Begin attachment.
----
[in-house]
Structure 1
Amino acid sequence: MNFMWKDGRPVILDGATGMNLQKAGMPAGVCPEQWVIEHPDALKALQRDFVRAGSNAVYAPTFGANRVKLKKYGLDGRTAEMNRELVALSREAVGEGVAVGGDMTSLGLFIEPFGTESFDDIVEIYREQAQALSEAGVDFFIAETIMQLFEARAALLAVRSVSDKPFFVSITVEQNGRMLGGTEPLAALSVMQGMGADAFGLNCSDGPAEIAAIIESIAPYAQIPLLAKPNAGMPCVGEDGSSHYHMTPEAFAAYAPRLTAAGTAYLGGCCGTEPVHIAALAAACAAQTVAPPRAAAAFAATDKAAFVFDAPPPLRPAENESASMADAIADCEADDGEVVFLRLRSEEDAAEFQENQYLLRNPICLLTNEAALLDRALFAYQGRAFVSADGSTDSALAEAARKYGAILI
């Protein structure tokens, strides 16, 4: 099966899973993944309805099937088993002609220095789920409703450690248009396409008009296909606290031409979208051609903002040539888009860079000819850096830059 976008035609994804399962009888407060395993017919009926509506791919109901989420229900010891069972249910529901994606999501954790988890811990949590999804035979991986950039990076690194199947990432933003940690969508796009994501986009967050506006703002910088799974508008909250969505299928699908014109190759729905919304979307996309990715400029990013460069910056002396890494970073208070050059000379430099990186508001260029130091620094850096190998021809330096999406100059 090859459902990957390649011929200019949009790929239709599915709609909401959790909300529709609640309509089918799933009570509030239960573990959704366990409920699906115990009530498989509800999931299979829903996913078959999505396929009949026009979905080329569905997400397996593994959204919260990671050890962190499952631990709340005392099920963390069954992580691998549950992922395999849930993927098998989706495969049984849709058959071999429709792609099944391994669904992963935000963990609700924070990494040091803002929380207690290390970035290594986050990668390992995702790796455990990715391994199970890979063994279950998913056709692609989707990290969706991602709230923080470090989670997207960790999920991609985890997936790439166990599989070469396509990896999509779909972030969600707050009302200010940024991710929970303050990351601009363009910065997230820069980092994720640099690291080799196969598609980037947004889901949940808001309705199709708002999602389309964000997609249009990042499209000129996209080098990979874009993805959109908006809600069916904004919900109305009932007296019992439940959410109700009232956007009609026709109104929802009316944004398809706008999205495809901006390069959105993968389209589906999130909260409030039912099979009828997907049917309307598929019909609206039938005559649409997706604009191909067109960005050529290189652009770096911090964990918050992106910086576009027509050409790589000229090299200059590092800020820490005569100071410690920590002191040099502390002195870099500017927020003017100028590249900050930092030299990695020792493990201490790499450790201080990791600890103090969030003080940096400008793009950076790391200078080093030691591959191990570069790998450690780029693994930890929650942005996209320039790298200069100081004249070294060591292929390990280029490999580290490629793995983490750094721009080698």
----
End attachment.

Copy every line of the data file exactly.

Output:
[in-house]
Structure 1
Amino acid sequence: MNFMWKDGRPVILDGATGMNLQKAGMPAGVCPEQWVIEHPDALKALQRDFVRAGSNAVYAPTFGANRVKLKKYGLDGRTAEMNRELVALSREAVGEGVAVGGDMTSLGLFIEPFGTESFDDIVEIYREQAQALSEAGVDFFIAETIMQLFEARAALLAVRSVSDKPFFVSITVEQNGRMLGGTEPLAALSVMQGMGADAFGLNCSDGPAEIAAIIESIAPYAQIPLLAKPNAGMPCVGEDGSSHYHMTPEAFAAYAPRLTAAGTAYLGGCCGTEPVHIAALAAACAAQTVAPPRAAAAFAATDKAAFVFDAPPPLRPAENESASMADAIADCEADDGEVVFLRLRSEEDAAEFQENQYLLRNPICLLTNEAALLDRALFAYQGRAFVSADGSTDSALAEAARKYGAILI
């Protein structure tokens, strides 16, 4: 099966899973993944309805099937088993002609220095789920409703450690248009396409008009296909606290031409979208051609903002040539888009860079000819850096830059 976008035609994804399962009888407060395993017919009926509506791919109901989420229900010891069972249910529901994606999501954790988890811990949590999804035979991986950039990076690194199947990432933003940690969508796009994501986009967050506006703002910088799974508008909250969505299928699908014109190759729905919304979307996309990715400029990013460069910056002396890494970073208070050059000379430099990186508001260029130091620094850096190998021809330096999406100059 090859459902990957390649011929200019949009790929239709599915709609909401959790909300529709609640309509089918799933009570509030239960573990959704366990409920699906115990009530498989509800999931299979829903996913078959999505396929009949026009979905080329569905997400397996593994959204919260990671050890962190499952631990709340005392099920963390069954992580691998549950992922395999849930993927098998989706495969049984849709058959071999429709792609099944391994669904992963935000963990609700924070990494040091803002929380207690290390970035290594986050990668390992995702790796455990990715391994199970890979063994279950998913056709692609989707990290969706991602709230923080470090989670997207960790999920991609985890997936790439166990599989070469396509990896999509779909972030969600707050009302200010940024991710929970303050990351601009363009910065997230820069980092994720640099690291080799196969598609980037947004889901949940808001309705199709708002999602389309964000997609249009990042499209000129996209080098990979874009993805959109908006809600069916904004919900109305009932007296019992439940959410109700009232956007009609026709109104929802009316944004398809706008999205495809901006390069959105993968389209589906999130909260409030039912099979009828997907049917309307598929019909609206039938005559649409997706604009191909067109960005050529290189652009770096911090964990918050992106910086576009027509050409790589000229090299200059590092800020820490005569100071410690920590002191040099502390002195870099500017927020003017100028590249900050930092030299990695020792493990201490790499450790201080990791600890103090969030003080940096400008793009950076790391200078080093030691591959191990570069790998450690780029693994930890929650942005996209320039790298200069100081004249070294060591292929390990280029490999580290490629793995983490750094721009080698």